Venice, 9 January 2023 - The legend has it that the evangelist Mark, after his trip to Cyrenaica, arrived in Alexandria where he was forced to look for a shoemaker because one of his sandals had broken. He went to the workshop of Aniano who got injured while repairing Mark’s shoes. Mark miraculously healed him and Aniano decided to convert himself and got baptized. Since then, Sant’Aniano has been considered as the patron saint of the Venetian shoemakers.
The art of caleghèri - shoemakers - has been one of the most relevant craft activities for the Serenissima. Its presence was first documented in Venice in 1268 and bears the date of 17 November 1271, when the statute of the caleghèri - the Capitulare Callegariorum- was written. It contains additions due to the ruling decrees of the old justice – until 6 July 1313.
The caleghèri gathered in a Brotherhood, which protected their art and craft. Shoemakers who made shoes, boots and other generic shoes, had strict rules regulating their activity. In fact, they could pack shoes exclusively with new leather, supplied by the Magistrate in the Beccarie. In addition to the caleghèri, in Venice worked the ballasts and slippers, who repaired the old footwear and only had to use second-hand leather, the çocholarii - manufacturers of clogs – patitari - who made shoes or wooden soles adapted then to the foot with leather strips – and the solarii - artisans who drew the soles of the shoes on pieces of leather and from these then cut them.
Since 1446 the art had the school of devotion in a building purchased in Campo San Tomà, in the district of San Polo. The building was entirely renovated to make it more suitable for the needs of the art. The scoletta is now home to the public Library. As evidence of the existence of these important artisans, there are still reliefs representing shoes of the time on the lintel of the door, while above the main portal there is a bas-relief representing Saint Mark’s in the act of healing Sant’Antonio.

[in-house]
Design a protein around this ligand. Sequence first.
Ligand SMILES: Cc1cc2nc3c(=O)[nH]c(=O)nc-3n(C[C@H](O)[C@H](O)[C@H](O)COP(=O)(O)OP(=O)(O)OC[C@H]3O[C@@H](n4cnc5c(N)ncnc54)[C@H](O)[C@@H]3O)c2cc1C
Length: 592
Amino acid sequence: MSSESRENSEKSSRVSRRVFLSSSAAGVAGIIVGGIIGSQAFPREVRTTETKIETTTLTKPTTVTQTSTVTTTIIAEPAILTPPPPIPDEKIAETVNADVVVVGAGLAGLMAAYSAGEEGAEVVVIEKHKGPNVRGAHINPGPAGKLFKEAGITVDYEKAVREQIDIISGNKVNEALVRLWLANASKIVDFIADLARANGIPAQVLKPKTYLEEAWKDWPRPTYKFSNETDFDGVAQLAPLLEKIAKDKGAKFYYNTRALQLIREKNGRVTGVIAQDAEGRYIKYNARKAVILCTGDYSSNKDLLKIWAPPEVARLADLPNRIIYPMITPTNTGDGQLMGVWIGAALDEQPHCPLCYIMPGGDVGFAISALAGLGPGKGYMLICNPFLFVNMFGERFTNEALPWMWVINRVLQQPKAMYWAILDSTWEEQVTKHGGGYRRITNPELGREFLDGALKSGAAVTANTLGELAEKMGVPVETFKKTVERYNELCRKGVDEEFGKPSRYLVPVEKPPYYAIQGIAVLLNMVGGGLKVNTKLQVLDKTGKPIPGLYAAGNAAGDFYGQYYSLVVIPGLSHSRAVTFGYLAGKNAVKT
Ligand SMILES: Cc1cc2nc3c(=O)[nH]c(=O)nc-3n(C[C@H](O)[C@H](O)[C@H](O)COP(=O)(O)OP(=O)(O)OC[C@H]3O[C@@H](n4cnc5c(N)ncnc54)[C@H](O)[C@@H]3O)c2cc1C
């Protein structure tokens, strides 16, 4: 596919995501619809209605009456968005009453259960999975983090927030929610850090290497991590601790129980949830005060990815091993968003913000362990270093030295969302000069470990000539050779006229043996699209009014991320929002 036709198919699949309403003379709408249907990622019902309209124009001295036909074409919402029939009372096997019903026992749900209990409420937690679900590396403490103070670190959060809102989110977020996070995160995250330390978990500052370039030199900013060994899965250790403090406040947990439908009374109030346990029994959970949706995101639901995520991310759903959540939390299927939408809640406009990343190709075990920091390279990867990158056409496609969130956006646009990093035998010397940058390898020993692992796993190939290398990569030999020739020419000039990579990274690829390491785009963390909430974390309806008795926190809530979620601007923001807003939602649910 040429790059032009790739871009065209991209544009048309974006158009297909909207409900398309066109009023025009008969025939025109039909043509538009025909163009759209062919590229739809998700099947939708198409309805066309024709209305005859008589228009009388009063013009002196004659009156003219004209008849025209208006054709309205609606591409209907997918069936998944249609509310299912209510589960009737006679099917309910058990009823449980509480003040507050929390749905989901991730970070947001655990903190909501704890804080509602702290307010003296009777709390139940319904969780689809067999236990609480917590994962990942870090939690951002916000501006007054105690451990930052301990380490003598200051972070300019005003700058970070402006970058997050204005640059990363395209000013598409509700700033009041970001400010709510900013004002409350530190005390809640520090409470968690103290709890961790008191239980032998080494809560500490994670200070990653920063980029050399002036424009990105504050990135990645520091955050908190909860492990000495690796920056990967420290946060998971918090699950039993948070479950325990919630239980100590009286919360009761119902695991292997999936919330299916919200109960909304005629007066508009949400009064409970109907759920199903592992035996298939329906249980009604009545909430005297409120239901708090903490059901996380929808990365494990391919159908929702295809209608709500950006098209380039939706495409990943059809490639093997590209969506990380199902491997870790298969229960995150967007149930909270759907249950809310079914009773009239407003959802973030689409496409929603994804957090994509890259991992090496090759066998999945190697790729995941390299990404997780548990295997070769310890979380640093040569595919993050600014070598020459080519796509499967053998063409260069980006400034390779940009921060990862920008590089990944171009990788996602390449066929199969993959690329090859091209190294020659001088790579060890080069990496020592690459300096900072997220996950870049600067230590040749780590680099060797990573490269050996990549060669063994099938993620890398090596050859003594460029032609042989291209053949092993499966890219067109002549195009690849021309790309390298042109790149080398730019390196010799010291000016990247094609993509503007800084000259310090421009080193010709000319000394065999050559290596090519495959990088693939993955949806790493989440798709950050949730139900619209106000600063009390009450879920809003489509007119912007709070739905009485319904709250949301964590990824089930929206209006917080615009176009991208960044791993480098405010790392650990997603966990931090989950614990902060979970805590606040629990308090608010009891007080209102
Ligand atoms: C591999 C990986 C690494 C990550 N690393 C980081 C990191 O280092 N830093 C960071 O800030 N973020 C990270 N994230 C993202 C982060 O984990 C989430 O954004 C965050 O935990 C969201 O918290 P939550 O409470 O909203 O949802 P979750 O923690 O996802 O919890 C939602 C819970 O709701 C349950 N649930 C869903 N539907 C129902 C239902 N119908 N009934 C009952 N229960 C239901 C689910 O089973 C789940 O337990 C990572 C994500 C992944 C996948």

In 1773 in Venice, there were 1172 caleghèri and ballasts – 338 masters, 653 workers and 181 apprentices – who worked in 340 workshops. It was therefore the art with the major members after the marangoni, the carpenters, and the tessitori de seta – weavers . In order to be admitted to the art, they had to be 18 years old male. Moreover, they have to have exercised a period of servitude, pass a test by making three pairs of shoes both for women and men, and eventually pay a common registration fee to the Brotherhood.
Traditionally, the caleghèri every year gave a pair of prestigious clogs to the dogaressa. These clogs needed to have - at least at the time of the doge Lorenzo Priuli in office from 14 June 1556 to 17 August 1559 – the same value of 22 Venetian liras.
During the Sensa fair, the Brotherhood exhibited its works in Piazza San Marco, in a specific point that was marked by white marble lists. Also, that of the caleghèri followed the fate of the other schools after the Napoleonic decree in 1807, even if at the end of 1700 the number of shoemakers operating in the city had slightly decreased, falling to 966.
In Venice still today, there are several traces of this noble art, which over time has moved along the Riviera del Brenta thus influencing the growth of this area. Two shoemakers are present in the archway of the entrance portal of the Basilica of San Marco, one with a shoe and the other with a boot, while in Palazzo Ducale, there is a shoemaker with bib and apron and the instruments of work. And again, in the church of Santo Stefano, the altar of the Blessed Virgin Annunziata is decorated with four small shoe-shaped shields. Here, from the end of the fourteenth century, were found the German caleghèri, who had separated from the Venetian brothers. In Calle de le Boteghe, near San Samuele where the seat of the German caleghères was located, you can still see the bas-reliefs in Istrian stone reproducing men’s shoes used at the time, a clear evidence of a craftsmanship that was able to give shine with his work to the Republic of San Marco.